9. Alternative to Dryer Sheets: Dried lavender sachets can also be used to freshen your laundry during the dryer cycle. Simply gather bunches of dried flowers and bundle into a clean cloth bag that can be thrown in with bed sheets, linens, or any articles you would like infused with lavender’s soothing scent.

10. Lavender Recipes: There are an incredible number of novel recipes that incorporate dried or fresh lavender, as well as lavender honeys and sugars. The herb gives a slightly bitter and slightly sweet floral note that pairs well with everything from savory goat’s milk cheeses to tart lemonades and sweet scones. Most recipes use dried lavender flowers, but syrups and extracts are also available. A few drops of the extract can be used to flavor anything from cakes and cookies to frosting, fruit salads, and dressings.

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Whether you are looking to start your own patch of lavender, or you would like to experiment with the dried blossoms and liquid extractions, you should keep in mind that there are several distinct types of lavender. When choosing a variety for a home garden, you should do a little research to find out what species will fare best under local soil and environmental conditions. When starting from seed you will often have to wait a season or two before harvesting your first blooms, but this versatile herb is well worth the wait!

We carry multiple varieties of Lavender, including Grosso & Hidcote. Buy now.

The Journey Begins

Kids Having Fun

Growing up in the 1960’s, we all heard the same refrain:  ‘Go play outdoors!’.  Raising children in a relatively safe and protected environment in the early 1990’s, we echoed that as well: ‘Get outside, now!’  Our children are in their 20’s, and are as plugged in as any their age.  Not sure what all of that outdoor time did for them, but I never regretted the muddy footprints, dirty hands, insects in jars or rocks, shells, bones and other ‘treasures’ gathered during their exodus to the great outdoors.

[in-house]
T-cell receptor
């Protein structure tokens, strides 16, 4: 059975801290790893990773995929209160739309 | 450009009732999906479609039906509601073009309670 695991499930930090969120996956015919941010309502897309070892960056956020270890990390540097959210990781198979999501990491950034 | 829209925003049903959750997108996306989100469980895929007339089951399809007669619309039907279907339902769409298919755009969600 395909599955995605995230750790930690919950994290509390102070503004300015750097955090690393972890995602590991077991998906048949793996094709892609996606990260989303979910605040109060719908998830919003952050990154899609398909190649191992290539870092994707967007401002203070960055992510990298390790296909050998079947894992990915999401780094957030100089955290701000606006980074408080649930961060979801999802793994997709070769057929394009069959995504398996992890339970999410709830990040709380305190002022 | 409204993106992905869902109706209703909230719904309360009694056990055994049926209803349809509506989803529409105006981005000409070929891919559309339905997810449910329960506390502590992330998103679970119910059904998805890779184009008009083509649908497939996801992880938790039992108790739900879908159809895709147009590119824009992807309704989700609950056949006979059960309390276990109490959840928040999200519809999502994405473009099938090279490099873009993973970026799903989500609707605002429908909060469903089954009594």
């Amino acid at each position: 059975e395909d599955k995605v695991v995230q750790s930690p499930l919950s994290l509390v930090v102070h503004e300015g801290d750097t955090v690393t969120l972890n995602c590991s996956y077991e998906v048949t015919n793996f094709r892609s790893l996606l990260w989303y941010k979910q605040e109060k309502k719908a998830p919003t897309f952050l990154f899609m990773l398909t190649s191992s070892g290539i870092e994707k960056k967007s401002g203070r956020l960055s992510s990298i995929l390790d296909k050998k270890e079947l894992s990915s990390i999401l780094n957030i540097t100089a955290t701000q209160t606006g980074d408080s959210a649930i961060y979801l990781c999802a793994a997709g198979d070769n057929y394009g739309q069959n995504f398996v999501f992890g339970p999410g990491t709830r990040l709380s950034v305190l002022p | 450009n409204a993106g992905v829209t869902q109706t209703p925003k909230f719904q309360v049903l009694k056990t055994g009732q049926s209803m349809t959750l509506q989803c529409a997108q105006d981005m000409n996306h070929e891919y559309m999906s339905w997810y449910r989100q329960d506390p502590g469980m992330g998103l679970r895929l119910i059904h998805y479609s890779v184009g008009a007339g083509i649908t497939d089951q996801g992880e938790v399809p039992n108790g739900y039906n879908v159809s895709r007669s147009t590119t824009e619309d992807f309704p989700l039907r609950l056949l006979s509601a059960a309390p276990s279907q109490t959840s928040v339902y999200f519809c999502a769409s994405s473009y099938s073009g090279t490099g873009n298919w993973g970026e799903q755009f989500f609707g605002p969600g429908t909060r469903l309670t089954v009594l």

In our guts, we know something is wrong.  Not just from the raw data from research on childhood obesity and clinical depression among children, but from the feeling you get when you see a healthy and active young child sitting on a park bench on a gorgeous spring day, head bent and fingers busy, working on his hand held something or rather.  That old adage:  plugged in and tuned out.  It’s understandable – these diversions are nothing if not both entertaining and addictive.  A lot of time and energy and money have been spent to make sure that they are, but what are the real consequences, in the long run?

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In many ways, parents, teachers and professionals concerned about child welfare are at war with these seemingly benign forms of entertainment.  And, they are hard to fight – we all know from our own experiences that an hour of down time in front of the screen gives a parent a much needed break.  Or, consider your own family car trips;  they may have been a lot less stressful with a DVD.  However, I’d argue that much was learned from the WW III skirmishes that broke out in our backseat.  Social interaction, both positive and negative, teach a great deal.

Here at The Growers Exchange, we are talking a lot about the next generation – how can we make sure that gardening continues to be both relevant and beneficial?  We know we are preaching to the choir on our blog, but we do want to open the conversation.  Our first goal is to discover how you all, our fans and customers, began gardening.  What was it that got you to start digging in the soil?  The answer to that question is the beginning of a solution.  If it worked for you, it should work for others – we want to begin this journey now, in hopes that by the time our children are parents, we can help nuture a new generation of gardeners who will pass this gift to others.

Here is some of the feedback we have already received from some of our Facebook fans. “Mom and Dad. Loved their garden as a child. A great fantasy land for little girls. Dad liked vegetable gardens, mother flowers.” Another fan said, “my parents, my great aunt, my brothers and sisters, and the great tasting food!” We also heard, “My mother was a great organic gardener since I can remember. She lived to be 97 and we attribute it to her clean living and eating lots of home grown vegetables.” Tell us your inspirations in the comments below!